BUKIT LANJAN: It’s not a shame to learn from Singapore’s education policies

BUKIT LANJAN: It’s not a shame to learn from Singapore’s education policies

Malaysia’s depressing state of academic achievements and standards can be reversed if there is a political will to stop politising and racialising education matters and policies.

“The Alliance/Barisan Nasional (BN) federal government, after ruling for some six decades, must start thinking out of the box and change its mindset on education matters.

“Achieving academic excellence is about grooming the best brains and talent. Excellence cannot be achieved via political and racial considerations.

“The BN must discard its archaic education policies and go for meritocracy. A country’s progress is about the quality of its human capital.

“Without a quality human workforce, Malaysia cannot hope to progress. Just look at Singapore and China.

“Their policies are about quality academic standards and achievements based on meritocratic education policies,” Gerakan Deputy Speaker Syed Abdul Razak Alsagoff said.

Syed Razak, who is Gerakan’s nominee to contest N.37 Bukit Lanjan as Barisan Nasional (BN)’s candidate in the coming 14th General Election, said “Malaysia will lag further and further in social and economic progress compared with other Asean nations if it does not embrace meritocratic education policies”.

“There is absolutely no shame in learning from others. Japan, South Korea, China and Singapore have progressed due to academic excellence achieved by learning from developed nations,” he added.

Here’s the Organisation for Economic Co-operation and Development (OECD) latest survey on why Singaporeans are the world’s smartest students:

"Singaporeans are the world’s smartest students

Published: 22 Nov 2016, by Mike Thomas

The Organisation for Economic Co-operation and Development (OECD) surveyed 76 countries and concluded that Singaporeans are among the smartest in the world due to prioritising math and science

The government of Singapore and the Department of Education recognised the importance of mathematics and science back in the 1980s and have been working towards a high quality education ever since.

Recent reports stated that Singaporean students are among the smartest students in the world thanks to an education model that values math and science. According to media reports, Singapore’s superior education system was created with a focus on 15-year-old students developing problem-skills and had become among the best in the world based on a survey conducted by the Organisation for Economic Co-operation and Development (OECD) throughout 76 countries last year.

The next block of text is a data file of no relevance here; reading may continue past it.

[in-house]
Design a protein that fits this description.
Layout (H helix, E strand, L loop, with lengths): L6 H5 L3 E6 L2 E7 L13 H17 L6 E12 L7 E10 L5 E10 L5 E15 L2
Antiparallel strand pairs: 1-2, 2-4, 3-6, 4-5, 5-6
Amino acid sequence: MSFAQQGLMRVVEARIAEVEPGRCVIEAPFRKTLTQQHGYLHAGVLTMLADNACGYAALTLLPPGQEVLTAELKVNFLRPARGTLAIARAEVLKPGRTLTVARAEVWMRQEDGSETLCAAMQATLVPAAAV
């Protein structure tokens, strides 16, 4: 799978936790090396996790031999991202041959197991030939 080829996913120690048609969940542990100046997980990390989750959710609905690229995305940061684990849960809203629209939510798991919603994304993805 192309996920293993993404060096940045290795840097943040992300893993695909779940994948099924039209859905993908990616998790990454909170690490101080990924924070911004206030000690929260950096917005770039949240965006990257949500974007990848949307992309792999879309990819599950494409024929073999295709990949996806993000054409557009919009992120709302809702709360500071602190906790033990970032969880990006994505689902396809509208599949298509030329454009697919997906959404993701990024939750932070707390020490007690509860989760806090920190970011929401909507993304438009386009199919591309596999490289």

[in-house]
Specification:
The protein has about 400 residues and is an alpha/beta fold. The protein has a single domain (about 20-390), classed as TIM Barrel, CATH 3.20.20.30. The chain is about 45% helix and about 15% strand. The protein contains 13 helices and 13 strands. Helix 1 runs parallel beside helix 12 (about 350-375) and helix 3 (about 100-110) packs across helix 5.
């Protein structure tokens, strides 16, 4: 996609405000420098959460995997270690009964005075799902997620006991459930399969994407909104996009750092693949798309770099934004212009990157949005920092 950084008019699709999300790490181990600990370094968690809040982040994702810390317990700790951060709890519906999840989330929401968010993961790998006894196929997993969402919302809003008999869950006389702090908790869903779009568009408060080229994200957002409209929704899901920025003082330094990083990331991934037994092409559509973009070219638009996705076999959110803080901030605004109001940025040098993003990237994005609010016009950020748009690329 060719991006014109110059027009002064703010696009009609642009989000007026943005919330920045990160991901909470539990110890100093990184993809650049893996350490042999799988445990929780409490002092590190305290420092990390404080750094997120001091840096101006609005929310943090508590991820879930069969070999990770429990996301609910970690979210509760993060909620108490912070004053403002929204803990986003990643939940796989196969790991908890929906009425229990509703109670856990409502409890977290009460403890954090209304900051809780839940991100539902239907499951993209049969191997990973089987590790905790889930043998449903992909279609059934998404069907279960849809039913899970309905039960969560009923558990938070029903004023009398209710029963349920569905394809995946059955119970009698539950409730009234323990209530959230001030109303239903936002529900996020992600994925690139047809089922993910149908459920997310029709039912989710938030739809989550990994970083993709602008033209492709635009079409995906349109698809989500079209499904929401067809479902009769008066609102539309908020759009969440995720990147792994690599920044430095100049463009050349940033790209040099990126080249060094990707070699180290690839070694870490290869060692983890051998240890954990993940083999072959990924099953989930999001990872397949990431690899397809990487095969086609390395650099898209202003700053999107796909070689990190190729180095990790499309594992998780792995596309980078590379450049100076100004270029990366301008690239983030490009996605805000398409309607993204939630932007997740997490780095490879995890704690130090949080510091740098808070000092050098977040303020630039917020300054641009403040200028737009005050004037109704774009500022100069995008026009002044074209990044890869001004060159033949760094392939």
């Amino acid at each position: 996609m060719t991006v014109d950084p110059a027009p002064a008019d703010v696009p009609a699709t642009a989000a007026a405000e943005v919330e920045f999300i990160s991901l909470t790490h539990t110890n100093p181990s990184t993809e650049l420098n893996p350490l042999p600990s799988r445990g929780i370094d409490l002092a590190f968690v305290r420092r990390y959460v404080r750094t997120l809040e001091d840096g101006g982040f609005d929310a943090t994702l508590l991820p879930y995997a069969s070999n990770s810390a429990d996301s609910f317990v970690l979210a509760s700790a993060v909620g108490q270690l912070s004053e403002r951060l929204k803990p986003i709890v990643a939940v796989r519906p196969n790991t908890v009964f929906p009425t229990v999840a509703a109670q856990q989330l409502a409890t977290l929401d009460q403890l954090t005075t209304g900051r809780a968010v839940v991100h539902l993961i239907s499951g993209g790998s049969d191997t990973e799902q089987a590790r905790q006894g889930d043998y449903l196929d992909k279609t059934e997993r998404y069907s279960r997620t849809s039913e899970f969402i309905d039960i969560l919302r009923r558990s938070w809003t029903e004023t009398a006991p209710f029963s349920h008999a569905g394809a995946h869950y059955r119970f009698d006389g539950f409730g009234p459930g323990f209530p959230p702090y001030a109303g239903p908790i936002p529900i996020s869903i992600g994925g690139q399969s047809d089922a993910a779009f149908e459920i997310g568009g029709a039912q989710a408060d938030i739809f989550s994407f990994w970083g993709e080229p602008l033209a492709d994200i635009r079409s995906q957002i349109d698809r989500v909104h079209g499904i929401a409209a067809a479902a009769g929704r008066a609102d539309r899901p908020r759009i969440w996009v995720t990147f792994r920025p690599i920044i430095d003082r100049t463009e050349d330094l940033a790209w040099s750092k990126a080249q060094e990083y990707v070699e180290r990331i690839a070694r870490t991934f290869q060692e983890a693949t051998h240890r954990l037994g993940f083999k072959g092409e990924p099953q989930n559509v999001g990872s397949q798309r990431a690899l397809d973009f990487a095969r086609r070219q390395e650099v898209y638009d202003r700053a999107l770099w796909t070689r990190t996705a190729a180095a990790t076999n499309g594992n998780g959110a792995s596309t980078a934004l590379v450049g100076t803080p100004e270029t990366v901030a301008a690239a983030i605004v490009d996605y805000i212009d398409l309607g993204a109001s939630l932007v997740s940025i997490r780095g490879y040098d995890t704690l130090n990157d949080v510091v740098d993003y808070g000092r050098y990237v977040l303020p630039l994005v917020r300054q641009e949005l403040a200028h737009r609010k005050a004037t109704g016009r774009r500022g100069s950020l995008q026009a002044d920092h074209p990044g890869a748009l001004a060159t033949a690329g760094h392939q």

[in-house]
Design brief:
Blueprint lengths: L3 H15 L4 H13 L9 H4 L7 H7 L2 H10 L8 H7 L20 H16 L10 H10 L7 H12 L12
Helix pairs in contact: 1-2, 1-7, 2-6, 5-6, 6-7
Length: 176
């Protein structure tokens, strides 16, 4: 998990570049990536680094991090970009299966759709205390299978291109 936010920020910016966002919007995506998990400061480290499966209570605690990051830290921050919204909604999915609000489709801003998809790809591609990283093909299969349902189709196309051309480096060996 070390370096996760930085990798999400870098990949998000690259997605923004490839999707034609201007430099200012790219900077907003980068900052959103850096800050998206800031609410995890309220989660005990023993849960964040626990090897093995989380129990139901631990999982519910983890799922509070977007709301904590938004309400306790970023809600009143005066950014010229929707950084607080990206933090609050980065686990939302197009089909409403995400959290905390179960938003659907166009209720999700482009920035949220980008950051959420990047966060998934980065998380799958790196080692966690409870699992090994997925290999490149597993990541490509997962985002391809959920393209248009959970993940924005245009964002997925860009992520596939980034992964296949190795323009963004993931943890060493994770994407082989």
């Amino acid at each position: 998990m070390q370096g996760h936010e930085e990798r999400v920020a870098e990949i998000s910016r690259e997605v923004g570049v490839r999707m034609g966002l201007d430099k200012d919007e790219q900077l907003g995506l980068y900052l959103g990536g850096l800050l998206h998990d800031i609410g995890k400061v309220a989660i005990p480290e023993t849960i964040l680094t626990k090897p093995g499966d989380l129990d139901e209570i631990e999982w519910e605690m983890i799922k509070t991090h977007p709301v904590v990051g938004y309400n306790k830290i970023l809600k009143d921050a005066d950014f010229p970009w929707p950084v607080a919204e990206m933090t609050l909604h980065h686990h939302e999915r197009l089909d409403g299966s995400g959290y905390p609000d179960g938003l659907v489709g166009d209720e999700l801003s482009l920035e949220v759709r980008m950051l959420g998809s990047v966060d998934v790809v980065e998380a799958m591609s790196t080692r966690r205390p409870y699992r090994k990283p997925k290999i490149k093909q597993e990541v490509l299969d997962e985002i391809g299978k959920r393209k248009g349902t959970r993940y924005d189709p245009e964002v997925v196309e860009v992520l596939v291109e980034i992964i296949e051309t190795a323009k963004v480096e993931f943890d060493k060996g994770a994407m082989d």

Singapore modelled its education system in the early 1980 after teachers visited Canada, Japan and other countries in a time when they were considering different teaching methods in various countries. They were influenced by an American educational psychologist and author, Jerome Bruner, who wrote the book The Process of Education. Soon after, Singapore decided to replace the older methods of memorisation and introduced problem solving skills.

The development of teachers became a priority as the government successfully recognised the role of the educators in the progress of students. Singapore’s education department set a career path for teachers and made it clear that their development depends on attending highly specialised training programmes that would improve their skills in the chosen field. This way, teachers will be more than capable to perform and produce highly skilled students.

The education system there has three tracks: Teaching Track – where professional development of teachers is addressed, Leadership Track – addresses administrative jobs and leadership positions, and Senior Specialist Track – to develop deep knowledge and skills in a particular subject.

The UK fell to the 20th place in the OECD survey.

Singapore continues to develop their education system in ways that suit their needs and place them in a prominent global position. The system now focuses on the inclusion of outdoor activities and all-round skills development. Singapore is also focusing on the development of curiosity, creativity and leadership among their students to complement their academic excellence.

Malaysia has just recently started to work on skill developments by introducing new syllabus in primary and secondary schools next year and focus on higher order thinking skills. Malaysia has a long way to go to catch up with the neighbours. But it is never too late to turn things around and shape up.



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